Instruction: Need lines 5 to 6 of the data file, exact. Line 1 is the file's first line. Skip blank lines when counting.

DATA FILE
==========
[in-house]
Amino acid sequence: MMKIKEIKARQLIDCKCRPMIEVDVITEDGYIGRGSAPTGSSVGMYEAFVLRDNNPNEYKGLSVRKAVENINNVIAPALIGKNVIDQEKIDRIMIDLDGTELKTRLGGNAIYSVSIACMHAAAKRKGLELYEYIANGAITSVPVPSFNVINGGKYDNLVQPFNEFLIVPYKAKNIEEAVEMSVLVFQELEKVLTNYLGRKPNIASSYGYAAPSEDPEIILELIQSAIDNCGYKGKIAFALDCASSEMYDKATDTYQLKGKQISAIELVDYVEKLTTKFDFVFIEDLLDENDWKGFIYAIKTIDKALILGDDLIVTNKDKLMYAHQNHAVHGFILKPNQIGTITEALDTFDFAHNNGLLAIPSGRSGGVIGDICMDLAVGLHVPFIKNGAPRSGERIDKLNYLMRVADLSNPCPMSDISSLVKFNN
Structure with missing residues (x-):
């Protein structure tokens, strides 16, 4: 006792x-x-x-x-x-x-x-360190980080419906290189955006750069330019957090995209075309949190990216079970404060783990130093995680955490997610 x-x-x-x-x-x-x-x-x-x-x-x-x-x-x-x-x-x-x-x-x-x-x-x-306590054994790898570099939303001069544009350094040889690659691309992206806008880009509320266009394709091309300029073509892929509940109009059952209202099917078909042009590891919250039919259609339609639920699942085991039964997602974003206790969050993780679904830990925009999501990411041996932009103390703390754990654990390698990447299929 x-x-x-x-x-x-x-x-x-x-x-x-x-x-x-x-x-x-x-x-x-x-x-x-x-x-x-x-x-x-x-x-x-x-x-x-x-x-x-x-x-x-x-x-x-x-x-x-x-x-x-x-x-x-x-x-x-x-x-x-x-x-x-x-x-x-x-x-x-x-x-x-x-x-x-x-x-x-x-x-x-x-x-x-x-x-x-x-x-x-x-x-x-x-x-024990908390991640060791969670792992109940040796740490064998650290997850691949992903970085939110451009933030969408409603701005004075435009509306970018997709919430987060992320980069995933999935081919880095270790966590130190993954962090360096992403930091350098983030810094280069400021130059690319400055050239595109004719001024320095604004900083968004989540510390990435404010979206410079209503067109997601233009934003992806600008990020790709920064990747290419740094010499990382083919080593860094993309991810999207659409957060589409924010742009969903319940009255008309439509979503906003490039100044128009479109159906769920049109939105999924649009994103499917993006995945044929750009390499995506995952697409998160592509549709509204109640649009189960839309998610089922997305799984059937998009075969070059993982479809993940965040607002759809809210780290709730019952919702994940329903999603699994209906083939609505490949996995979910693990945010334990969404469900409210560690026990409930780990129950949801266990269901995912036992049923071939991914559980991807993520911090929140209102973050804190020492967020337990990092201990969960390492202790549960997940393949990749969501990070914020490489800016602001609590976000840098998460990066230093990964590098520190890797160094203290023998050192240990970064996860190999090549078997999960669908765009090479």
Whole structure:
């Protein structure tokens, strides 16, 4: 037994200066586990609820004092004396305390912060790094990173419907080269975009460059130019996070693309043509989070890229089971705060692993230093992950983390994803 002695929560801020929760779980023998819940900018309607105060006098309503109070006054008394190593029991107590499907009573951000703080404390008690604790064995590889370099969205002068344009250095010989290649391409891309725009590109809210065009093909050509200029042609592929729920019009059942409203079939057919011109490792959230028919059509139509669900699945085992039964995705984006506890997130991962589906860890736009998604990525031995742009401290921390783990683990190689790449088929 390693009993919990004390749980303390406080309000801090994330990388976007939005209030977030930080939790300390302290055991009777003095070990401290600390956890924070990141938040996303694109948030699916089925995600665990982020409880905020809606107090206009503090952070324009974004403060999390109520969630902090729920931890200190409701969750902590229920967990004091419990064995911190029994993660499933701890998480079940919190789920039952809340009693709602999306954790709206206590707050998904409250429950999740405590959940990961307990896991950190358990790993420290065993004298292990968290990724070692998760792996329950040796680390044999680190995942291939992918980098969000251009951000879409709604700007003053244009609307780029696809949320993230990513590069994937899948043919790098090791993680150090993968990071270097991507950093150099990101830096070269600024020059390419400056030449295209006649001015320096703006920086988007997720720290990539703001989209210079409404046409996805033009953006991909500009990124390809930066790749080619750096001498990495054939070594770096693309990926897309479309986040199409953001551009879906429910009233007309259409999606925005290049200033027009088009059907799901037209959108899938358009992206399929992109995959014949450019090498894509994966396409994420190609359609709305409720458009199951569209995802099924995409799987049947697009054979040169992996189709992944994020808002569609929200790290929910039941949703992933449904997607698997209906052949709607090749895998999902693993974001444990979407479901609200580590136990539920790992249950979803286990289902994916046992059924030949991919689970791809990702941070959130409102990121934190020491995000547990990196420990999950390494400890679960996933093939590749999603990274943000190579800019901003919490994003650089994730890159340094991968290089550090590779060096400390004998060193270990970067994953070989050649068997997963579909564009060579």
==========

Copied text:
Whole structure:
């Protein structure tokens, strides 16, 4: 037994200066586990609820004092004396305390912060790094990173419907080269975009460059130019996070693309043509989070890229089971705060692993230093992950983390994803 002695929560801020929760779980023998819940900018309607105060006098309503109070006054008394190593029991107590499907009573951000703080404390008690604790064995590889370099969205002068344009250095010989290649391409891309725009590109809210065009093909050509200029042609592929729920019009059942409203079939057919011109490792959230028919059509139509669900699945085992039964995705984006506890997130991962589906860890736009998604990525031995742009401290921390783990683990190689790449088929 390693009993919990004390749980303390406080309000801090994330990388976007939005209030977030930080939790300390302290055991009777003095070990401290600390956890924070990141938040996303694109948030699916089925995600665990982020409880905020809606107090206009503090952070324009974004403060999390109520969630902090729920931890200190409701969750902590229920967990004091419990064995911190029994993660499933701890998480079940919190789920039952809340009693709602999306954790709206206590707050998904409250429950999740405590959940990961307990896991950190358990790993420290065993004298292990968290990724070692998760792996329950040796680390044999680190995942291939992918980098969000251009951000879409709604700007003053244009609307780029696809949320993230990513590069994937899948043919790098090791993680150090993968990071270097991507950093150099990101830096070269600024020059390419400056030449295209006649001015320096703006920086988007997720720290990539703001989209210079409404046409996805033009953006991909500009990124390809930066790749080619750096001498990495054939070594770096693309990926897309479309986040199409953001551009879906429910009233007309259409999606925005290049200033027009088009059907799901037209959108899938358009992206399929992109995959014949450019090498894509994966396409994420190609359609709305409720458009199951569209995802099924995409799987049947697009054979040169992996189709992944994020808002569609929200790290929910039941949703992933449904997607698997209906052949709607090749895998999902693993974001444990979407479901609200580590136990539920790992249950979803286990289902994916046992059924030949991919689970791809990702941070959130409102990121934190020491995000547990990196420990999950390494400890679960996933093939590749999603990274943000190579800019901003919490994003650089994730890159340094991968290089550090590779060096400390004998060193270990970067994953070989050649068997997963579909564009060579």